Nanotechnology is becoming increasingly important in modern times, and already has many uses in medical applications and technology.
What is nanotechnology exactly? Nanotechnology is the use and control of structures and materials that are on the nanoscale (between 1-100 nm), and only a tens or hundreds atoms in size. 1 nm is 1 billionth of a metre, i.e. 0.000 000 001 m (nano = 1 x 10-9 m). If we take a human hair, there are 100,000 nm across its diameter.
A nanomaterial, is any material that has one of its dimensions on the nanoscale, such as nanoparticles, which particles that are 1-100 nm in diameter. Nanomaterials can be very long in one direction, such as DNA; DNA is only a few nanometres across, but can stretch into centimetres long. Nanomaterials can also be much larger than the nanometre is 2 dimensions, such as nanosheets, like graphene.
Nanomaterials are all around us, and can occur naturally, for example in volcanic ash. Many, however, are designed and produced by scientists. Nanomaterials often behave quite differently to their bulk materials, merely due to the nanoscale dimensions of the material; nanomaterials have a very large surface areas, and are often more reactive.
To observe the effect of a natural functional nanomaterial with water, and compare it with flat surfaces of paper and foil
YOU WILL NEED
- a plastic Pasteur pipette
- 1-2 mL of tap water
- a sheet of paper
- a small square of aluminium foil (~ 6 x 6 cm)
- a square of a dried lotus leaf (~ 6 x 6 cm)
Firstly take a sheet of paper, and drop a droplet of water onto the paper. Look at the droplets side-on, and draw the shape that you see. Tilt the paper and see if the droplet likes to ‘stick’ to the paper. Repeat this with foil. Finally, take a dried lotus leaf and try this.
- Which material repels the water the most? Which material attracts the water the most?
- If you wanted to make a water-repellant surface, which surface would you try to replicate?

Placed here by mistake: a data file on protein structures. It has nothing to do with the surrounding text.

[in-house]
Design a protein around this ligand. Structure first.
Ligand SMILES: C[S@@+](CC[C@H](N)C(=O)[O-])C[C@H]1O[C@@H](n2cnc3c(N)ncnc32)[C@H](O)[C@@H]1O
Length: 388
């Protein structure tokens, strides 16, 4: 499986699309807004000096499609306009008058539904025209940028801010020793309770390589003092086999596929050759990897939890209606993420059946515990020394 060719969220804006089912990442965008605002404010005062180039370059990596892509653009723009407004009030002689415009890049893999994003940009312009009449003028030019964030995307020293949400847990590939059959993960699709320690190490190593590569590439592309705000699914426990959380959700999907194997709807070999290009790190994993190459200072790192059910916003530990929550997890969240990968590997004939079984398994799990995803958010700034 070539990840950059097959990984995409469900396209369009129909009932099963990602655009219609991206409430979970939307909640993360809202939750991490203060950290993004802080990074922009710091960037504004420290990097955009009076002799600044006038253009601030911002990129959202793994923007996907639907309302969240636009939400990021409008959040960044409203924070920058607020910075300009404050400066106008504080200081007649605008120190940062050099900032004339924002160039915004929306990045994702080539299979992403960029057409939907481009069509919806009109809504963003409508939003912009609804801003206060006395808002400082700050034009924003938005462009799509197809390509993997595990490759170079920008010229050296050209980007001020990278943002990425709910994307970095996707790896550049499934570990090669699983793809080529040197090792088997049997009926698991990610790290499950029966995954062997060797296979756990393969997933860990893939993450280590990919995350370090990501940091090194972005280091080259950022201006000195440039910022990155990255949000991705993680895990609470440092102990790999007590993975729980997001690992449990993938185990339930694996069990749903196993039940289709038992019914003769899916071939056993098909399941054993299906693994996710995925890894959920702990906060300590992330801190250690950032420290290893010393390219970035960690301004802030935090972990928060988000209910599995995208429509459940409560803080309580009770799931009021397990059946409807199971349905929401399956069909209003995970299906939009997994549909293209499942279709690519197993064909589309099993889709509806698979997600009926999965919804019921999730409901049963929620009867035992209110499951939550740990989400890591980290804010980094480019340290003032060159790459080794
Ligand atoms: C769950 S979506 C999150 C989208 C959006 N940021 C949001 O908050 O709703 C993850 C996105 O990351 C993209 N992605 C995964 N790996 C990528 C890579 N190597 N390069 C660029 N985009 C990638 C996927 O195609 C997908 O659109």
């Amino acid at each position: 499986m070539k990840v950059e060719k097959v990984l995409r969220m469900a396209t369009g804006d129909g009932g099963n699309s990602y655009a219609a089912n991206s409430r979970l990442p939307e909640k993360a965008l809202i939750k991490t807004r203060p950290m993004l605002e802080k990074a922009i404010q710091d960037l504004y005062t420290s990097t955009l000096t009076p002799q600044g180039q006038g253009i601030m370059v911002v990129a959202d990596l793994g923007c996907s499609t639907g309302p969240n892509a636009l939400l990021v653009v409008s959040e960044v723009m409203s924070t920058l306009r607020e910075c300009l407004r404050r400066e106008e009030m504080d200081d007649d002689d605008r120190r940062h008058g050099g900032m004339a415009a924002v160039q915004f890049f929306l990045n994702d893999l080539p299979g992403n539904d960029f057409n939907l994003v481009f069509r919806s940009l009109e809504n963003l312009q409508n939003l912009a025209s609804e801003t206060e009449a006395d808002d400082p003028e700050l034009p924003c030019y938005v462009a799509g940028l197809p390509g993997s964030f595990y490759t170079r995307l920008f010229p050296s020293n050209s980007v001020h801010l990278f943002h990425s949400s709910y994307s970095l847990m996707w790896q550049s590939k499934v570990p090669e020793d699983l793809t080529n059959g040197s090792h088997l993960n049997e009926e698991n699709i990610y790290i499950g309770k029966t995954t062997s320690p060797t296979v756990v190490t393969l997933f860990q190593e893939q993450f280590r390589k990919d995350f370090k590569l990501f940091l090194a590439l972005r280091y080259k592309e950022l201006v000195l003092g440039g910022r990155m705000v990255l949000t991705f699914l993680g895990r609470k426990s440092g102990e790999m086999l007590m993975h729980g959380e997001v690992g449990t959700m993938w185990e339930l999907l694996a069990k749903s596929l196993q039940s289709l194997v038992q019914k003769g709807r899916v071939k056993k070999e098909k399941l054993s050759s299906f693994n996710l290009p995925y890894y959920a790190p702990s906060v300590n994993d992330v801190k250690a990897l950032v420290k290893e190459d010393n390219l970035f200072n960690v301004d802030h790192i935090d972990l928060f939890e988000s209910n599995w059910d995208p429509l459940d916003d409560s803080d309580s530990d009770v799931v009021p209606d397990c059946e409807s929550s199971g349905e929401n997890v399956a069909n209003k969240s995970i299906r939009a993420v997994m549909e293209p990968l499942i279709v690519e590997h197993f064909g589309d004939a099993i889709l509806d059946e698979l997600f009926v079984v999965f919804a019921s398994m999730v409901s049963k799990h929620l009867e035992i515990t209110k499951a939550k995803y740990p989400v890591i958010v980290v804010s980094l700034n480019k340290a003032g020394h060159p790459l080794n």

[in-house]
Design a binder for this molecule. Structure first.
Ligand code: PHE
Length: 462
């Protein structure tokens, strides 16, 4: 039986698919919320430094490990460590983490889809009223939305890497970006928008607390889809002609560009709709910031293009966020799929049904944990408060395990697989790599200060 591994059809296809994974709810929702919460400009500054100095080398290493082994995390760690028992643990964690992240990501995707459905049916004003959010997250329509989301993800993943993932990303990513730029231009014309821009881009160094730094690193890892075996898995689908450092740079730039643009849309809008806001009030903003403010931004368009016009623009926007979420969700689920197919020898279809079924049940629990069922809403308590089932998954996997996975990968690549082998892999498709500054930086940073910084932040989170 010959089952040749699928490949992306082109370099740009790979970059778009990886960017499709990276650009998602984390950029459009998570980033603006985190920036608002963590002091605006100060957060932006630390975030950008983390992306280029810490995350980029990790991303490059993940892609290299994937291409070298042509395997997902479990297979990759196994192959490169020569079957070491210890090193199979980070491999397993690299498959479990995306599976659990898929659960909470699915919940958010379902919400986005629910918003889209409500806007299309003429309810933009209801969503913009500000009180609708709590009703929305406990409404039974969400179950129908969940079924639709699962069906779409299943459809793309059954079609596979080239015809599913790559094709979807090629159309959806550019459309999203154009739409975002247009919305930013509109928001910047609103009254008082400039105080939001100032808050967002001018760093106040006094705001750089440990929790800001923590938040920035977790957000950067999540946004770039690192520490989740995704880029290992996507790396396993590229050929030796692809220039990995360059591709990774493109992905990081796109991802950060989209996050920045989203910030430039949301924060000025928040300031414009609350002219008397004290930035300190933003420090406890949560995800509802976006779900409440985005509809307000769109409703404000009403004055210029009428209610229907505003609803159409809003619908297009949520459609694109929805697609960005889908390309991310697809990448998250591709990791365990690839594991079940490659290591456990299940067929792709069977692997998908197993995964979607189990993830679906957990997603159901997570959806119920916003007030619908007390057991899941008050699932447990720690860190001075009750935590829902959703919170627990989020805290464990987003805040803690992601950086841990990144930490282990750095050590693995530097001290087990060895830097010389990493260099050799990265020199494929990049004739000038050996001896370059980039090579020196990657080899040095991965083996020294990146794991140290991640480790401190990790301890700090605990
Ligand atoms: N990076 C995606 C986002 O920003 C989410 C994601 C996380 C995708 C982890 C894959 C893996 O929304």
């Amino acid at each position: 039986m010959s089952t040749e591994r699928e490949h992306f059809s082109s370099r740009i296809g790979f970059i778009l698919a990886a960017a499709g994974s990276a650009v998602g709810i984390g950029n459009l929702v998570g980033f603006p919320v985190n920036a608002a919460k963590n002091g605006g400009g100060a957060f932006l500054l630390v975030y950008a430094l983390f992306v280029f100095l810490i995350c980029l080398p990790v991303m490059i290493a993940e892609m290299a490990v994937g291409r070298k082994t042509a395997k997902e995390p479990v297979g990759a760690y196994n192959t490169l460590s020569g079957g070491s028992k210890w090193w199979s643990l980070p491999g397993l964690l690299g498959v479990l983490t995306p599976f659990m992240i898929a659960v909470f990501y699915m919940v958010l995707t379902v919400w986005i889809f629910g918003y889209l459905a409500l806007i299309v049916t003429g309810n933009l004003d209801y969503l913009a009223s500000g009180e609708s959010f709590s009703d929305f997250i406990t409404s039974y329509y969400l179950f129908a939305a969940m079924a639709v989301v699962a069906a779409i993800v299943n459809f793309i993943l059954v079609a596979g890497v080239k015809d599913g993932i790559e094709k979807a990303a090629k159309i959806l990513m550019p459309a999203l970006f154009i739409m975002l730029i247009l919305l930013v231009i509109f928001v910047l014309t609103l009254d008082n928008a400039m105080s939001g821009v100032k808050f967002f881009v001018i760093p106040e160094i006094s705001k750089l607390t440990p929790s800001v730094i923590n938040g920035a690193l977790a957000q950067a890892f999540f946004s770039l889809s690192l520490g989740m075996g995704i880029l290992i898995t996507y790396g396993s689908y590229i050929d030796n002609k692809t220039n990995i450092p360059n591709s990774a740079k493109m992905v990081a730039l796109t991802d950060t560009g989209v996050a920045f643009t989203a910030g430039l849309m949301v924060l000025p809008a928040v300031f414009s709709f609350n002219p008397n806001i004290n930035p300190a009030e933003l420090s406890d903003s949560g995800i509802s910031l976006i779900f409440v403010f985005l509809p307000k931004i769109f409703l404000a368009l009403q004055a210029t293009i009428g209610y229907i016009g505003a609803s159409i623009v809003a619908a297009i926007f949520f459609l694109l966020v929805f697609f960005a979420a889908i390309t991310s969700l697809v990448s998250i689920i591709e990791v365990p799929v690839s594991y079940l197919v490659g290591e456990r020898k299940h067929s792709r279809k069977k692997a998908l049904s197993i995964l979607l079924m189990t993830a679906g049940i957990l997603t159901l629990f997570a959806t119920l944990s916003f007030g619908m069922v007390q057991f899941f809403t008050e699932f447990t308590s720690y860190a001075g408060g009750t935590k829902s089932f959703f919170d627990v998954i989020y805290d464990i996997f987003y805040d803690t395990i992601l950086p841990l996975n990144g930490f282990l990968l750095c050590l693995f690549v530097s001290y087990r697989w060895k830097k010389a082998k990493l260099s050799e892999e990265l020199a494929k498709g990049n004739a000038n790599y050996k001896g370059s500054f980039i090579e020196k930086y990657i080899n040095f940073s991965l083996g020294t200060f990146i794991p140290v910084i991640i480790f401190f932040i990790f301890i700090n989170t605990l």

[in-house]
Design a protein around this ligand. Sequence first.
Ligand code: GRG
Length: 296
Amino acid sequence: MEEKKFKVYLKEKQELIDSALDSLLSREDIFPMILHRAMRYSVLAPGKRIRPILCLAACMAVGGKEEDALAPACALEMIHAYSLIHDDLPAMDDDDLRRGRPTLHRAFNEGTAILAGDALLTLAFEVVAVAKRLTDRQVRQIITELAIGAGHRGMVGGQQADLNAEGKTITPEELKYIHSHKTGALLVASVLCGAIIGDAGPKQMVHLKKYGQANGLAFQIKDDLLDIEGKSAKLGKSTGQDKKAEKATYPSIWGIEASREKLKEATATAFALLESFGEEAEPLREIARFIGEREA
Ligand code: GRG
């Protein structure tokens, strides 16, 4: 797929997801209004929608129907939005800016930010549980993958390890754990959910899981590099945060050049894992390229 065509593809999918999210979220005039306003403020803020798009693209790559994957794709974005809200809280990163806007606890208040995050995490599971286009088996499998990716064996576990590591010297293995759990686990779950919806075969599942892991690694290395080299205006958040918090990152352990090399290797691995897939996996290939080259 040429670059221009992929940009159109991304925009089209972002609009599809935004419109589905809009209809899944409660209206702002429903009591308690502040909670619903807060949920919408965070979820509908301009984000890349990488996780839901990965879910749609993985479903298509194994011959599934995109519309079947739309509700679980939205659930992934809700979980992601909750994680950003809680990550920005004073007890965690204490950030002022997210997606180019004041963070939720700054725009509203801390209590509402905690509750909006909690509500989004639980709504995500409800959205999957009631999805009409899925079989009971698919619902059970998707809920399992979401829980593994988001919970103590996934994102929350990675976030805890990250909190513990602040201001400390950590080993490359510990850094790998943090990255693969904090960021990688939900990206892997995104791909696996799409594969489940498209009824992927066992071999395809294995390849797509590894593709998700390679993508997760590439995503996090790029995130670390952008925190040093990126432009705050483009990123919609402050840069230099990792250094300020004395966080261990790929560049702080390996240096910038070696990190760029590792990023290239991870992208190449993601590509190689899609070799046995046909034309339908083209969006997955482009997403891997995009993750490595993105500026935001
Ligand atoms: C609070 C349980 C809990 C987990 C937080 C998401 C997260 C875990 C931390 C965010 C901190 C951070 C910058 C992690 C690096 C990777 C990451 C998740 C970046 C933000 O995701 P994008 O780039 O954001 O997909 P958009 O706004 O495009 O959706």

- Do both sides of the lotus leaf behave the same?
The lotus leaf is an example of a functional nanosurface that exists in nature. The surface of a lotus leaf is ‘ultrahydrophobic’; when water is dripped onto its surface it does not wet the leaf at all, but rolls off. Not only are the leaves extremely water-repellent, they are also ‘self-cleaning’, due to the surface structure of the leaves. The lotus leaf has a series of protrusions that are roughly 10 μm (1.0 x 10– 5 m) high covering its upper surface, these can be seen in the microscope images shown below:
This ‘rough’ surface structure with microscale bumps has a second smaller structure as each protrusion is itself covered in bumps of a hydrophobic, waxy material that are roughly 100 nm (1 x 10-7 m) in height. This means that water droplets sit lightly on the tips of hydrophobic protrusions as if on a bed of nails. This combined structure traps a layer of air in between the surface of the leaf and the water droplet. Hence, the water is not allowed to wet the surface and is easily displaced. This ultra-hydrophobicity gives rise to the self-cleaning process on the surface because as the droplets travel along the leaves, they pick up any dirt or other matter they encounter along the way. This process keeps the lotus leaves dry, clean and free of pathogens such as bacteria and fungi.
In the research lab
Chemists at the University of Durham have developed methods of creating similar surface-structures artificially, that can be sprayed onto devices and protect them from water damage. The invention has been commercialised by the British company, P2i, which is the world leader in liquid repellent nanocoating technology and was named ‘most innovative company in Europe’ in the 2012 International Business Awards. Customers include household names such as Nokia, Motorola and Alcatel (mobile phones), Timberland and Hi-Tec (footwear) and HLT (hearing aids).
Other uses of functional nano-surfaces:
Researchers at the University of Birmingham, including Professor Paula Mendez in Chemical Engineering, and Dr John Fossey (School of Chemistry) create functional nanosurfaces to make sensors to detect diseases, such as prostate cancer. Sensors are one of the many areas of technology that rely on the development of new nanomaterials, and their manufacturing techniques. Information about our health can be extracted from biological material in our saliva, blood, urine and sweat, in order to detect the onset of disease. Many of these ‘disease markers’ include proteins and DNA, which are tens of nanometers in size, and hence interact selectively with materials on the nanoscale. The sooner a disease is diagnosed, the more likely it can managed or cured. To learn more about these sensors, take a look at the video below, published April 2016:
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